Martyred just at the age of seventeen years, Nirmaljiban Ghosh(1917-1934), son of the pleader Jaminijiban Ghosh, was born in the Midnapore district of West Bengal. As an Intermediate Arts student of the Midnapore College, he joined the Bengal Volunteers of Hemchandra Ghosh. His role model was Dinesh Gupta, the hero of many revolutionary encounters including the Writers’ Buildings.
Midnapore in the early 1930s was at the height of revolutionary activities vis-à-vis the repressive policy followed by the district administration, leading to the murder of three successive British District Magistrates in 1931-32, a unique revolutionary feat in the whole of India.
Most ruthless of the trio was Bernard E J Burge, who often boasted of his dealing with the Irish revolutionaries back home and attachment to football. On the occasion of a similar match on the police ground on the 2 September 1932, Mr. Burge was shot dead by Anathbandhu Panja and Mrigen Datta when he got down from his car; while the duo succumbed to retaliatory police firing.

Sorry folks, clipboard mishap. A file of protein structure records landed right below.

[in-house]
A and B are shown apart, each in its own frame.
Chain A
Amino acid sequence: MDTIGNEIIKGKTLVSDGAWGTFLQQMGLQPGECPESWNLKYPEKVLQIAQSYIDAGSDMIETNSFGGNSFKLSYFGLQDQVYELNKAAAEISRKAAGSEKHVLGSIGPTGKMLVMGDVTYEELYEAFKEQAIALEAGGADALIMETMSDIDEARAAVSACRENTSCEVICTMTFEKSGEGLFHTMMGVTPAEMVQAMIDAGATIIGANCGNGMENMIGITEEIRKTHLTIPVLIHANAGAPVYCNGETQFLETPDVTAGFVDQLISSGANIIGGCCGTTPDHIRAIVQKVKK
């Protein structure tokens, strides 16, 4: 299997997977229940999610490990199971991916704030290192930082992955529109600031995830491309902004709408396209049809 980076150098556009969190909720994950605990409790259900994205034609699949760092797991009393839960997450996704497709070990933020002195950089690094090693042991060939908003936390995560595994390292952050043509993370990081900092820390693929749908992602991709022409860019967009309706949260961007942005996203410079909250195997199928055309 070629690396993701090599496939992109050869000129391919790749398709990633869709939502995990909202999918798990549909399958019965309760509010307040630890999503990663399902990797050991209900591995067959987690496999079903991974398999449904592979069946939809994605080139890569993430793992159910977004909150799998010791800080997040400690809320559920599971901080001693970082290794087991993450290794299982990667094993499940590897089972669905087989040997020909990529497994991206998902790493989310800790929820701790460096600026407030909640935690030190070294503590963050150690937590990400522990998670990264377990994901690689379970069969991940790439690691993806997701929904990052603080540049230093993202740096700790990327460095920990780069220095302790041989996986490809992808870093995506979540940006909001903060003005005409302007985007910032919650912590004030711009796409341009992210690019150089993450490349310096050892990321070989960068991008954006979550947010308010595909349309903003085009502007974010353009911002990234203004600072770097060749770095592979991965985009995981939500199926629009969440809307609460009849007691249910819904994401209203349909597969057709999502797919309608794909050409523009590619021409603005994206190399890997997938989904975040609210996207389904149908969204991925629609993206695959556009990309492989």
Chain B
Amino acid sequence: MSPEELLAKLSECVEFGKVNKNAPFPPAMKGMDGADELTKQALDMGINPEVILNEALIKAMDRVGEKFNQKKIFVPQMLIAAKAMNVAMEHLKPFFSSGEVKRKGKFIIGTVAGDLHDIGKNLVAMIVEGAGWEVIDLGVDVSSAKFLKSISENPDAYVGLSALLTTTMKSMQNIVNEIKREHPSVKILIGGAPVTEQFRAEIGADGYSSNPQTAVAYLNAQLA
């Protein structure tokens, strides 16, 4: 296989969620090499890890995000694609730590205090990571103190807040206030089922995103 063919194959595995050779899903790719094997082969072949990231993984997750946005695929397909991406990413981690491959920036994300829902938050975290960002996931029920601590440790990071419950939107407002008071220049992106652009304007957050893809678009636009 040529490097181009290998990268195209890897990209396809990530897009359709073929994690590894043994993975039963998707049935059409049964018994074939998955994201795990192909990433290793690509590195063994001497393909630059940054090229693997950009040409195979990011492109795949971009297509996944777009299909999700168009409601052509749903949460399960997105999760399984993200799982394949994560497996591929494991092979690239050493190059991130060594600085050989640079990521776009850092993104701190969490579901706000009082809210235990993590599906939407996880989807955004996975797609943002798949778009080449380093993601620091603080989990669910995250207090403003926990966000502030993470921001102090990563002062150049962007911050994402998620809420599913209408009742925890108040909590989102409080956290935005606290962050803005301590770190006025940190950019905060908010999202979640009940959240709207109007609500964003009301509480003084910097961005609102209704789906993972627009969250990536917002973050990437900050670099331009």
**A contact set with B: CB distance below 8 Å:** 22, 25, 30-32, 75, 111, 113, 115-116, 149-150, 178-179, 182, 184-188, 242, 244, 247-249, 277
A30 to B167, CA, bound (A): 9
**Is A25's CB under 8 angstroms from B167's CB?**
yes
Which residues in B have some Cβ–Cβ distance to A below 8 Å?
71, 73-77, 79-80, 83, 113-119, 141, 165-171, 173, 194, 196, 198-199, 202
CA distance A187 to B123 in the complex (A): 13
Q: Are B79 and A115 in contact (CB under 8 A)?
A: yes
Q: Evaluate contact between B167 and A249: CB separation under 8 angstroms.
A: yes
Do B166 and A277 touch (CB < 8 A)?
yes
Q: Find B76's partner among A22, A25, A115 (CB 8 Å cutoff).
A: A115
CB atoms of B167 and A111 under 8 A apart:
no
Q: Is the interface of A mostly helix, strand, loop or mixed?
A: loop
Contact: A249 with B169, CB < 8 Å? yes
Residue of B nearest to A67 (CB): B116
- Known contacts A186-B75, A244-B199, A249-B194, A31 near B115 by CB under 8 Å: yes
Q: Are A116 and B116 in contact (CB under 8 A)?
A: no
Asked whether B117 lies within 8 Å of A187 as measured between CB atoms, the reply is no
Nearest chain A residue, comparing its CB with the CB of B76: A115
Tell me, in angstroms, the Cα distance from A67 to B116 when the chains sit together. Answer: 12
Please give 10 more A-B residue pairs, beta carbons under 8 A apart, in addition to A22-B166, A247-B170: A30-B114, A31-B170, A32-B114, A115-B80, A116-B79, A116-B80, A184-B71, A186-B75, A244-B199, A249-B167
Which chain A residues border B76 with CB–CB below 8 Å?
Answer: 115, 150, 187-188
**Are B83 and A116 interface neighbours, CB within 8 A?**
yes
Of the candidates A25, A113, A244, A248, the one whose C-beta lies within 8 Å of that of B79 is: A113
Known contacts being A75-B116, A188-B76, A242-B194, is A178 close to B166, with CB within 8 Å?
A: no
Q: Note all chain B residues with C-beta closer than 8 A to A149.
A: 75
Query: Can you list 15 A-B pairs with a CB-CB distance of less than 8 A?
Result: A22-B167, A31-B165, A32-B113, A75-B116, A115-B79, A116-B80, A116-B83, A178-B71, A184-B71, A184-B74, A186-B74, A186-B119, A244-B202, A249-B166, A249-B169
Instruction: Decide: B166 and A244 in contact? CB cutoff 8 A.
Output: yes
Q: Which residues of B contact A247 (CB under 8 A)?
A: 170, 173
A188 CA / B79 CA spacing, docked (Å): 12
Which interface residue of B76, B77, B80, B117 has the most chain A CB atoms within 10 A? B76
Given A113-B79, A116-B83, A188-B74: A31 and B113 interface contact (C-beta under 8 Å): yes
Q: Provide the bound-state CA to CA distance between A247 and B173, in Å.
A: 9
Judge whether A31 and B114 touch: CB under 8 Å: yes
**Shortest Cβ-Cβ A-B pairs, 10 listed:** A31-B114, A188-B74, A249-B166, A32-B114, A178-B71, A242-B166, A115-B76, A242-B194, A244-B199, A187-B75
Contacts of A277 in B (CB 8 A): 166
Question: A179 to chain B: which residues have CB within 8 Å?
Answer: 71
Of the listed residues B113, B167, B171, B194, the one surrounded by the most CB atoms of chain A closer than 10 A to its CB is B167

Nirmaljiban and his friends Brajokishore Chakraborty and Ramkrishna Roy were not directly involved in the case, but they were arrested the next day. In a mockery of trial under the Bengal Criminal Law Amendment Act, 1930, all of them were given death sentences. On 26 October 1934, Nirmaljiban Ghosh was hanged to death at the Midnapore Central Jail.
Source: Saheed Surya Sen Bhawan, Museum, Calcutta; Shailesh Dey, Agniyug, 1958, in Bengali; Tarashankar Bhattacharyya, Swadhinata Sangrame Medinipur, 1973, in Bengali; Subodhchandra Sengupta, Ed. Samsad Bangali Charitabhidhan, I, 1976, in Bengali.